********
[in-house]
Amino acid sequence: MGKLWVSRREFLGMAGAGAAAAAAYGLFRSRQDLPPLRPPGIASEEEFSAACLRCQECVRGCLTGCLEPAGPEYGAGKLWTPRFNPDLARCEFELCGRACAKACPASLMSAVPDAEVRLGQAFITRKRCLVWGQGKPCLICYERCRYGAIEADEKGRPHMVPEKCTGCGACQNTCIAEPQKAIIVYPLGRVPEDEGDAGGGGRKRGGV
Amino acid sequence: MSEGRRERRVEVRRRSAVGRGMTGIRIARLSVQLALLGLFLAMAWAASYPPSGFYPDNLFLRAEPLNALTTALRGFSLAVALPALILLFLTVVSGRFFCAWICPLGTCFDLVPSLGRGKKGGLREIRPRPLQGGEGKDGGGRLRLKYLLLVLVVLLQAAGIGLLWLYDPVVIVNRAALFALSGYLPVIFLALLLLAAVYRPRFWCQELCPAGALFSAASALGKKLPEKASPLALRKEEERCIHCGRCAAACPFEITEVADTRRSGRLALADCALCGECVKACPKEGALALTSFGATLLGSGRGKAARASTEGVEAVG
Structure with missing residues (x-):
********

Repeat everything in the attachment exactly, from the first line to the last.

[in-house]
Amino acid sequence: MGKLWVSRREFLGMAGAGAAAAAAYGLFRSRQDLPPLRPPGIASEEEFSAACLRCQECVRGCLTGCLEPAGPEYGAGKLWTPRFNPDLARCEFELCGRACAKACPASLMSAVPDAEVRLGQAFITRKRCLVWGQGKPCLICYERCRYGAIEADEKGRPHMVPEKCTGCGACQNTCIAEPQKAIIVYPLGRVPEDEGDAGGGGRKRGGV
Amino acid sequence: MSEGRRERRVEVRRRSAVGRGMTGIRIARLSVQLALLGLFLAMAWAASYPPSGFYPDNLFLRAEPLNALTTALRGFSLAVALPALILLFLTVVSGRFFCAWICPLGTCFDLVPSLGRGKKGGLREIRPRPLQGGEGKDGGGRLRLKYLLLVLVVLLQAAGIGLLWLYDPVVIVNRAALFALSGYLPVIFLALLLLAAVYRPRFWCQELCPAGALFSAASALGKKLPEKASPLALRKEEERCIHCGRCAAACPFEITEVADTRRSGRLALADCALCGECVKACPKEGALALTSFGATLLGSGRGKAARASTEGVEAVG
Structure with missing residues (x-):